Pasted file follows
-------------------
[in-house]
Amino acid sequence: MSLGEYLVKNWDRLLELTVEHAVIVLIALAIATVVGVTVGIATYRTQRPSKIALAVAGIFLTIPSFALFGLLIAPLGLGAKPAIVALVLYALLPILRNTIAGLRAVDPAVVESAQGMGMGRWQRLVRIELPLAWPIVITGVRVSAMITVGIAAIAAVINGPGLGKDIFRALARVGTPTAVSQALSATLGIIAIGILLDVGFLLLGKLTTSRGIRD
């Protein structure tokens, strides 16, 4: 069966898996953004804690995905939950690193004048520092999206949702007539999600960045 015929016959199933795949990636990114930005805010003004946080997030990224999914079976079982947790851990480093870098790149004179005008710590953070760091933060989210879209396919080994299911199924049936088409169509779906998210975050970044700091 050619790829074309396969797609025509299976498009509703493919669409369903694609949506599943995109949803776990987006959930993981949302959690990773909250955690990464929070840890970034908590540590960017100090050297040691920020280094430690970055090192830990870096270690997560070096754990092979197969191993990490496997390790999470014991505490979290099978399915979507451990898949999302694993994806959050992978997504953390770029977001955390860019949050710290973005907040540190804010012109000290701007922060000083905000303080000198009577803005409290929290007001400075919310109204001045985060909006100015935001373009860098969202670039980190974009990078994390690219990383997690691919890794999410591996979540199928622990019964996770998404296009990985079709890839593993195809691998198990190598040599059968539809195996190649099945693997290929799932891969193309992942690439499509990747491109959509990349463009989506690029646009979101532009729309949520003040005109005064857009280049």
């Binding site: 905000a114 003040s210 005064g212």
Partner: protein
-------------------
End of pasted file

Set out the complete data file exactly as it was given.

[in-house]
Amino acid sequence: MSLGEYLVKNWDRLLELTVEHAVIVLIALAIATVVGVTVGIATYRTQRPSKIALAVAGIFLTIPSFALFGLLIAPLGLGAKPAIVALVLYALLPILRNTIAGLRAVDPAVVESAQGMGMGRWQRLVRIELPLAWPIVITGVRVSAMITVGIAAIAAVINGPGLGKDIFRALARVGTPTAVSQALSATLGIIAIGILLDVGFLLLGKLTTSRGIRD
């Protein structure tokens, strides 16, 4: 069966898996953004804690995905939950690193004048520092999206949702007539999600960045 015929016959199933795949990636990114930005805010003004946080997030990224999914079976079982947790851990480093870098790149004179005008710590953070760091933060989210879209396919080994299911199924049936088409169509779906998210975050970044700091 050619790829074309396969797609025509299976498009509703493919669409369903694609949506599943995109949803776990987006959930993981949302959690990773909250955690990464929070840890970034908590540590960017100090050297040691920020280094430690970055090192830990870096270690997560070096754990092979197969191993990490496997390790999470014991505490979290099978399915979507451990898949999302694993994806959050992978997504953390770029977001955390860019949050710290973005907040540190804010012109000290701007922060000083905000303080000198009577803005409290929290007001400075919310109204001045985060909006100015935001373009860098969202670039980190974009990078994390690219990383997690691919890794999410591996979540199928622990019964996770998404296009990985079709890839593993195809691998198990190598040599059968539809195996190649099945693997290929799932891969193309992942690439499509990747491109959509990349463009989506690029646009979101532009729309949520003040005109005064857009280049």
């Binding site: 905000a114 003040s210 005064g212």
Partner: protein